The main reason is simply that I'm not emotionally wired properly.
I think of artists as inherently emotionally vulnerable. Artists need to express themselves, but they are also dependent on feedback. Positive feedback can sustain them for a week, and a negative comments will will crush them for a month.
The need to make every piece better than the last - to feel like they are being seen and heard and loved - drives artists forward - and makes them fucking nuts.
Artists with talent, who can get enough of the right feedback can achieve amazing things. Those who can overcome their emotional weakness and realize art is totally subjective and fame and fortune are a joke, can become rich and famous as artists.
Those who never overcome, produce the most brilliant works, but never get the recognition they deserve (or crave) until they are dead (or they chase it to the grave - witness Hollywood, the music industry, the athletic field, whatever).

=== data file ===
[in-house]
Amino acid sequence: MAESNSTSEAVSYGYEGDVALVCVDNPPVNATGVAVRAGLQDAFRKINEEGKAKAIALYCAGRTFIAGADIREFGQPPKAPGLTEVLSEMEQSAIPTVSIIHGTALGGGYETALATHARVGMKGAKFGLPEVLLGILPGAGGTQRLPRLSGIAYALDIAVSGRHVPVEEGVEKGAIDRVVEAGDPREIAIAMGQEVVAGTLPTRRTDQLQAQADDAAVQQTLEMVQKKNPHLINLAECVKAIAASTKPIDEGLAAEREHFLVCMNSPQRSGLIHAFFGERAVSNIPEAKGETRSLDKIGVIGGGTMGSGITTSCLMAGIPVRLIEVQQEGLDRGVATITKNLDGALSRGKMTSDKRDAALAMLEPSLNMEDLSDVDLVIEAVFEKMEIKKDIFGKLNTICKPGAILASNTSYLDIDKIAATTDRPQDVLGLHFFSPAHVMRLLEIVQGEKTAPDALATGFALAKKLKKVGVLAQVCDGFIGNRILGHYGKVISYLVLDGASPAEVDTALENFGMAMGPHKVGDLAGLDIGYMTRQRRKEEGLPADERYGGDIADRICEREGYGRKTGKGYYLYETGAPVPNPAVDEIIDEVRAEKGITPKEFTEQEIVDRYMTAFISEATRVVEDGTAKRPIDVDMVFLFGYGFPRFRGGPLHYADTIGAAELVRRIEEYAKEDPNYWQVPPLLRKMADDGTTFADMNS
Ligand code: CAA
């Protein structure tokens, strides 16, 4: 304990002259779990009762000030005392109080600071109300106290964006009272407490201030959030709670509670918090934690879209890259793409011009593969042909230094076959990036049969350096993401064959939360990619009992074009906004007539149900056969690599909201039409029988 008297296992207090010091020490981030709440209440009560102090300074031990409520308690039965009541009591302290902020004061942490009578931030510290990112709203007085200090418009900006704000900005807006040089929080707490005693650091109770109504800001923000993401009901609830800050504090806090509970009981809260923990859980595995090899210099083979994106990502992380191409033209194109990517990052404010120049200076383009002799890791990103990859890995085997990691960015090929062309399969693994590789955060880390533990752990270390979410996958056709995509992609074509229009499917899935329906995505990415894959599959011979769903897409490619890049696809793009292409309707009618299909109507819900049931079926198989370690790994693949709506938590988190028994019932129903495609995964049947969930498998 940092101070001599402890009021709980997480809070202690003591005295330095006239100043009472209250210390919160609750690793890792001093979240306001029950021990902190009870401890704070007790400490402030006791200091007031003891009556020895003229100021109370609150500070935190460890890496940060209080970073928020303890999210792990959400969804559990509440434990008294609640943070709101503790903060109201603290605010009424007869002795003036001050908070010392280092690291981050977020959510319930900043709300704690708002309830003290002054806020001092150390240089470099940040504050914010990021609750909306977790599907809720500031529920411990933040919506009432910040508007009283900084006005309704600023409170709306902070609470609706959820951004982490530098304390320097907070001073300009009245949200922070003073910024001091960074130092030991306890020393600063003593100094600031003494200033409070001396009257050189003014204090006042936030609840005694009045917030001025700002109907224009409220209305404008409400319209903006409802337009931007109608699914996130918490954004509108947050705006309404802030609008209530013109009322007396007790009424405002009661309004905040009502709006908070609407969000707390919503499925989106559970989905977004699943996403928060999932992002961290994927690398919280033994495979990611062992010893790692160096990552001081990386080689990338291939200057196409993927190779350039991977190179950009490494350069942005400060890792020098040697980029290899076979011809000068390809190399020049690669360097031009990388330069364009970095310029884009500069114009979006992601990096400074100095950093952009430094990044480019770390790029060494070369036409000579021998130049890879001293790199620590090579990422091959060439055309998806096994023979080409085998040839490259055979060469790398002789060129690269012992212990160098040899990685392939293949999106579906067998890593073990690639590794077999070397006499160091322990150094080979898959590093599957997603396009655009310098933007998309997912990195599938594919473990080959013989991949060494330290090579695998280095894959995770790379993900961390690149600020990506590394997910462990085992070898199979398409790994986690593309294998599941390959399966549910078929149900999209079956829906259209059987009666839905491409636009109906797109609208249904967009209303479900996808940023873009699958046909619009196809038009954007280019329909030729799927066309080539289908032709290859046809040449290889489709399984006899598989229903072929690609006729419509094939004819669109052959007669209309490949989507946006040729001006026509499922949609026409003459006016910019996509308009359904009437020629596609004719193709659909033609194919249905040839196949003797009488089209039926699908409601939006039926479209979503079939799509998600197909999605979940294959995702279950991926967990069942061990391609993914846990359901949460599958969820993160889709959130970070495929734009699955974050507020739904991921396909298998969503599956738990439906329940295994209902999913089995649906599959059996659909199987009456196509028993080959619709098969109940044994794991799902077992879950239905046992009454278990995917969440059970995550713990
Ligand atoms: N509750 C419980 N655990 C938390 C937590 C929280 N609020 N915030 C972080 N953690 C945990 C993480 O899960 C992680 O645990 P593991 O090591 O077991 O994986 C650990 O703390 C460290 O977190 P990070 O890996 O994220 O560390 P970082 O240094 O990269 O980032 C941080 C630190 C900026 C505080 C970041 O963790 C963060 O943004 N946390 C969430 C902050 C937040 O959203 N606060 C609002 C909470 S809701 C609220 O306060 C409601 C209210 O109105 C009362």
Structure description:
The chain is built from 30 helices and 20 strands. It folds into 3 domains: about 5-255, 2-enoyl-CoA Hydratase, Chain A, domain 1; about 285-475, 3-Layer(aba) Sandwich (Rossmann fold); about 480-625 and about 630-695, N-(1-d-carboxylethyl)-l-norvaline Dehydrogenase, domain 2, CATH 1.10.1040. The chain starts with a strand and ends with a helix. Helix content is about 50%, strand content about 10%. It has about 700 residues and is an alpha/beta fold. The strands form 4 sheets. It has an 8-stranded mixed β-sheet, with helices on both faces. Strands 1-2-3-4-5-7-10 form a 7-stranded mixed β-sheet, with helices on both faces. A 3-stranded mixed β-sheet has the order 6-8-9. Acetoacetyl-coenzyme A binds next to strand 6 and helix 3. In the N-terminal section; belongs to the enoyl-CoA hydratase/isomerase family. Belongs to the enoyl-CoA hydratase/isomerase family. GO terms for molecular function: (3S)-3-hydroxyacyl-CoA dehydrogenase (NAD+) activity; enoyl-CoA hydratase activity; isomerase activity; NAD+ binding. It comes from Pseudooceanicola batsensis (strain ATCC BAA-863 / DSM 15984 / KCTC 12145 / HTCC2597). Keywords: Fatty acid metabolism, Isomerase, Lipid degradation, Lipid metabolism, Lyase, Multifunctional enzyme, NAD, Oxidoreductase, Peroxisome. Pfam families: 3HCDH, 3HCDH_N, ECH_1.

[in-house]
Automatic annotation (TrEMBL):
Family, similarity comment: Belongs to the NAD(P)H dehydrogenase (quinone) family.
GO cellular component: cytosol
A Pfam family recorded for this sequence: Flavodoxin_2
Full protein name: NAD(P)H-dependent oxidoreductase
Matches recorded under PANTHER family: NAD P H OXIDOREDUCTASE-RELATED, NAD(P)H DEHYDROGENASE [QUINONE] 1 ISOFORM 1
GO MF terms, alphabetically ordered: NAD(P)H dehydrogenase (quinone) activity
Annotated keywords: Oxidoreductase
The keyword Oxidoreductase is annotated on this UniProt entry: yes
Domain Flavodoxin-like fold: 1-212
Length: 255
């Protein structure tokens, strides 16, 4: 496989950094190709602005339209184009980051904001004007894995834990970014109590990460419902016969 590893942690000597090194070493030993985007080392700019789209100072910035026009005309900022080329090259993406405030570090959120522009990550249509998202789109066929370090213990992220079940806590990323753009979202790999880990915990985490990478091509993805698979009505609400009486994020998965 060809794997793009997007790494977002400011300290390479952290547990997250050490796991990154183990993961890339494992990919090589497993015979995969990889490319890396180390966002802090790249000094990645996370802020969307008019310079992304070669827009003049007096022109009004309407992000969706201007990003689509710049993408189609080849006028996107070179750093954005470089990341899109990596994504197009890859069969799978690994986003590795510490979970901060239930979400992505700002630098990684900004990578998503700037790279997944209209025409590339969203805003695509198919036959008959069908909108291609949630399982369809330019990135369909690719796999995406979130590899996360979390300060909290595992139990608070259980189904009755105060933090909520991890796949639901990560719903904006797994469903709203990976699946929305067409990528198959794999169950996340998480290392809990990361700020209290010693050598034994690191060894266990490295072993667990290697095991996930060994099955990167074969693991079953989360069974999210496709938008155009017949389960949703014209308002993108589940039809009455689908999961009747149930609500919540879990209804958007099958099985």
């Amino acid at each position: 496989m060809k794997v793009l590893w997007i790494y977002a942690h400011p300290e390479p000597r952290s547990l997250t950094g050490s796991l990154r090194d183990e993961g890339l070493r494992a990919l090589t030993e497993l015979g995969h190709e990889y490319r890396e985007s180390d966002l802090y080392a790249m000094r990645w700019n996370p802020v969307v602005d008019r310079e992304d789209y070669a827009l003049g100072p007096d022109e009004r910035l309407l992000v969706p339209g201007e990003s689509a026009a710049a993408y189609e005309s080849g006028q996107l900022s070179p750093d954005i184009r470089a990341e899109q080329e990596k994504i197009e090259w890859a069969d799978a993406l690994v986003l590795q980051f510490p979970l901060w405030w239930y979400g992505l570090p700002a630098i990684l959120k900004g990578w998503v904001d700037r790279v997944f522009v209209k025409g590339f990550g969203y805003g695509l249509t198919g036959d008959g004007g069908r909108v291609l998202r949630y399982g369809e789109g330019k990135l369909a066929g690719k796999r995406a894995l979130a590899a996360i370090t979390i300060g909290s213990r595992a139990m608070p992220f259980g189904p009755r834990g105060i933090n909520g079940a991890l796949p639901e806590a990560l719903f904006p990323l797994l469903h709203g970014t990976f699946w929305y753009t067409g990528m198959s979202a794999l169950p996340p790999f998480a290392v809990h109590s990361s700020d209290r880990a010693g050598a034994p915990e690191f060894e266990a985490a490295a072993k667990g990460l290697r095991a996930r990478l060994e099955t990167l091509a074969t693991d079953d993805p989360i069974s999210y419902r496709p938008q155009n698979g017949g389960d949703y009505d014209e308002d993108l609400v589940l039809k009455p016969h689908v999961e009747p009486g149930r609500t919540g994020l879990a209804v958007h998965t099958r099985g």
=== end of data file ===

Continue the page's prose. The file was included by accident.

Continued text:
Art is subjective as Hell. I don’t need the grief. That’s part of my wiring - I don't chase the highs and lows needed to be an intentionally good artist, let alone an intentionally brilliant one. (I may be an accidental artist, of a sort, but that's not the same thing.)
Also, unlike artists, I consciously reject the emotional hunger for feedback. I consciously choose to enjoy the positive and dump the negative. The fact that my conscious choice succeeds almost all the time proves my point - under my definition, I'm not wired properly to be an artist.
Thank God, too. I’ve a friend who is a brilliant screenplay writer, film editor and film director. She has won some really amazing awards, and done some really amazing things. But, she loses her mind with angst every time one of her pieces doesn't place in a competition. Even if the same piece won other competitions. Her husband calls it “failure to program,” meaning the competition people didn't think it fit their program (e.g. film festivals), wasn't what they were looking for, or were just idiots. But, she's an Artist and all she hears is “failure.”
I don't need the rollercoaster, but then, I've never won an art competition.